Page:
“The enrollment of the first cohort of students into the Joint School of Nanoscience and Nanoengineering marks the fruition of a vision that was cast years ago,” said UNCG Chancellor Linda P. Brady. “The cutting-edge disciplines of nanoscience and nanoengineering combine the strengths of the two universities, and the training these students will receive at the Joint School will be in demand and spur economic development for years to come.”

Dr. Harold L. Martin Sr., chancellor of NC A&T, also cited the singular opportunities the school represents for both students and the community. “This unique school will provide our students with remarkable education and research experiences in the rapidly developing field of nanotechnology,” Martin said. “The Joint School enables our universities to enhance the competitiveness of our community and region, and we look forward to continuing to work with our local business and government leaders to realize the school’s potential for a very real impact on our economy.”

In the most recent state budget, the two universities received $1 million in recurring funds for JSNN to hire additional faculty and staff.

Information released by the JSNN explains that it is one of fewer than 10 schools nationally to offer degree programs in nanotechnology, according to the National Nanotechnology Initiative. And JSNN, which was created by NC A&T and UNCG, is the only one created and operated collaboratively by two universities.

The school opened last month with 18 students in two degree programs – 17 are in the doctoral program in nanoscience, and one is in the professional master’s degree program in nanoscience.

That enrollment is considered remarkably strong, considering that the first degree programs were approved by the UNC Board of Governors only last January. “The original projection was 10, due to the lack of time we had to market the program to prospective students,” said Ryan.

First semester courses include Mathematical Methods in Nanoscience and Nanoengineering as well as Nanochemistry.

The students also will take two lab rotations and a professional development course. The students will have a choice of labs, including two JSNN labs temporarily located in the USDA building and nano-oriented labs at both of Gateway’s campuses.

Second-semester courses include Nanobiology and Nanophysics, two more lab rotations and another professional development course. With those first-year courses as a foundation, Ryan said, students will be prepared to focus on the specific fields of their choice in the subsequent three years of the Ph.D. program.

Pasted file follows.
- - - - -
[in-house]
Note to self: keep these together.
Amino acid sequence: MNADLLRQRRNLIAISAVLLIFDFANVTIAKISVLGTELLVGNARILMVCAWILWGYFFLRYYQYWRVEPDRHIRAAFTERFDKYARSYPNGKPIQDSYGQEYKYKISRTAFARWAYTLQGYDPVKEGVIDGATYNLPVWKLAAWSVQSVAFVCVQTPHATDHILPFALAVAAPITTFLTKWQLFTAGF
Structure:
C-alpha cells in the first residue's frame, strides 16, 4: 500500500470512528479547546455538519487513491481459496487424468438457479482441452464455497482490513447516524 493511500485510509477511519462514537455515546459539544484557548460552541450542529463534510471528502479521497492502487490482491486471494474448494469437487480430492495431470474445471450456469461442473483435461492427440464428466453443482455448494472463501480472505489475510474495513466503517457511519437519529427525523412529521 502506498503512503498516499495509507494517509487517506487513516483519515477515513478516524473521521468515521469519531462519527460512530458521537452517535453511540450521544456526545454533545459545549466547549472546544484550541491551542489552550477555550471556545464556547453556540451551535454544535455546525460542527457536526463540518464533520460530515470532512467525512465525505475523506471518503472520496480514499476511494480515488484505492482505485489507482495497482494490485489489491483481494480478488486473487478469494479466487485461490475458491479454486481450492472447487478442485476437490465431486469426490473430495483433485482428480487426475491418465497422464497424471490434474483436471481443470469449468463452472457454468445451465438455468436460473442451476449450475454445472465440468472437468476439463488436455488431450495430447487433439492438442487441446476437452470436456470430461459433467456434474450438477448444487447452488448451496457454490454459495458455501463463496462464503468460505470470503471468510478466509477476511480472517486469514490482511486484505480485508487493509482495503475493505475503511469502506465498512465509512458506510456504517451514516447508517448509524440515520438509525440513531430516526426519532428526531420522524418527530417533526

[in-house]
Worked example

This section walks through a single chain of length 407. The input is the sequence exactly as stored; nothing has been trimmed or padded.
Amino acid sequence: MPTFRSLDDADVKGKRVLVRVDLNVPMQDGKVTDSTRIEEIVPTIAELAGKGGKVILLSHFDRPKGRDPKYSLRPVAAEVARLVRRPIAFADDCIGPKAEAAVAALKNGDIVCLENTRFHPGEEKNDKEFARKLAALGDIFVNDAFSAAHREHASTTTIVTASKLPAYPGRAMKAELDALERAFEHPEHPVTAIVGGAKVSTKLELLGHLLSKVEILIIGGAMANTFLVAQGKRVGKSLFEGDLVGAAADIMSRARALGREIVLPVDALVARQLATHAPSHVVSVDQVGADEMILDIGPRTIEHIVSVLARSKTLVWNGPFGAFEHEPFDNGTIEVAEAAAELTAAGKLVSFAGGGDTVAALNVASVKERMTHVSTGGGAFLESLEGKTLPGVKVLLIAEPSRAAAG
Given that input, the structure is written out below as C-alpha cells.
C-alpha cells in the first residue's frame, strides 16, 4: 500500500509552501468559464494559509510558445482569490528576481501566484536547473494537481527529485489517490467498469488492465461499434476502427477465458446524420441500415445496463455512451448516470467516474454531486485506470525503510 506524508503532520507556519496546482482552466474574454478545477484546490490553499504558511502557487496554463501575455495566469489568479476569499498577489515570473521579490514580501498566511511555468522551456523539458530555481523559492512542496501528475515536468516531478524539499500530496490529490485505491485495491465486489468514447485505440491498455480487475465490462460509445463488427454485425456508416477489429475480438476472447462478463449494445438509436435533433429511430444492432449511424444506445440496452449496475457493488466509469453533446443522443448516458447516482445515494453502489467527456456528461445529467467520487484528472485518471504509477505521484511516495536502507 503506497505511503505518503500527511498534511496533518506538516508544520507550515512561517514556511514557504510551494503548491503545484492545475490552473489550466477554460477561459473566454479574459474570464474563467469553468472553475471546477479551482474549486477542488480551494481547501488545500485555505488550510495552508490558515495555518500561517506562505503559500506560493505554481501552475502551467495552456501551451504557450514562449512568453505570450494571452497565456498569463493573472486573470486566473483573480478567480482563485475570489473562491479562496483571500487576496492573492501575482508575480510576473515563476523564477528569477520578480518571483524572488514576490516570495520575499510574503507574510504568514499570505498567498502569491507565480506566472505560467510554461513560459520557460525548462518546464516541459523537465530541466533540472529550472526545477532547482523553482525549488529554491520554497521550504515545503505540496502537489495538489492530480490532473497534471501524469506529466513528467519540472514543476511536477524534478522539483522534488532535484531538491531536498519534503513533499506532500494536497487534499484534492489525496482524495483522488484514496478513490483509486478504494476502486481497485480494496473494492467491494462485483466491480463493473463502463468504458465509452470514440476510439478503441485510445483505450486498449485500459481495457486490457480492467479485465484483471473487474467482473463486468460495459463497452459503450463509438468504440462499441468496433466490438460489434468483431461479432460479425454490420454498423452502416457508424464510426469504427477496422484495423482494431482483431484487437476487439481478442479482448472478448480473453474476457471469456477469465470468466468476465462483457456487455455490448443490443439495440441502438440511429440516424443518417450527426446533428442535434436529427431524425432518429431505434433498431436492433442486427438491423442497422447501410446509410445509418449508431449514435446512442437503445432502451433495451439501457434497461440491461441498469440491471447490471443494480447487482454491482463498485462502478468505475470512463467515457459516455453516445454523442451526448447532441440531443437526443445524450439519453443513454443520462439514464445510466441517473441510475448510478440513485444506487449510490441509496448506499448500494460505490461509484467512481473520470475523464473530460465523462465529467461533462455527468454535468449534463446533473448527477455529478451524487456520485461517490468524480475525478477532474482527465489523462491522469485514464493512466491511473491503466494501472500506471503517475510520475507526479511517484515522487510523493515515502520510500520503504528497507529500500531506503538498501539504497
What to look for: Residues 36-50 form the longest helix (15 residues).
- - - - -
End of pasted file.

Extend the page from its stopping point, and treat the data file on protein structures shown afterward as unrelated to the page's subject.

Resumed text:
The doctoral program is designed to produce researchers for industry and academia. The professional master’s program is for students who want to work on the business side of the nano field. It will include management courses taught at the two universities’ schools of business as well as the first-year science courses.

In addition to the two nanoscience degrees, which are offered by UNCG, N.C. A&T will submit proposals to the UNC General Administration this fall to offer master’s and doctoral programs in nanoengineering at the JSNN.

The 100,000-plus-square-foot research facility that will house JSNN is scheduled to open in the spring of 2012.

Visual: Jim Coleman, who has begun work on his doctorate in nanoscience, speaks with Congressman Brad Miller in a lab.

By Mike Harris and staff
Photography by Chris English

International Housekeepers’ Week

It’s that time of year to celebrate and appreciate the campus’ housekeeping staff. [Read more…]

Notes: September 8, 2010

SECC Campaign will begin Sept. 17 The State Employees Combined Campaign will run from Sept. 17 to Nov. 17 this year. In past years, there has been a large campus Kick-Off Celebration to launch the campaign. This year, there will be no Kick-Off or silent auction. The solicitors for each department across campus will meet Sept. 17. The campaign will begin that day. More about the campaign will be in an upcoming issue.

Give a pint. Get a pint. The first of four Red Cross Blood Drives this year will be on Tuesday, Sept.14, from 9 a.m.-7 p.m in EUC’s Cone Ballroom. In exchange for your blood donation you’ll receive a sweet treat. When you give a pint, you’ll get a pint of ice cream donated by Blue Bell Creameries. Elliott University Center will sponsor the drive. All presenting donors will also be entered for the chance to win a $1,000 gift card from the American Red Cross. To schedule your donation appointment, visit http://www.uncg.edu/euc, or call 4-5800. Appointments will be given priority. Walk-ins are welcome. A photo ID is required.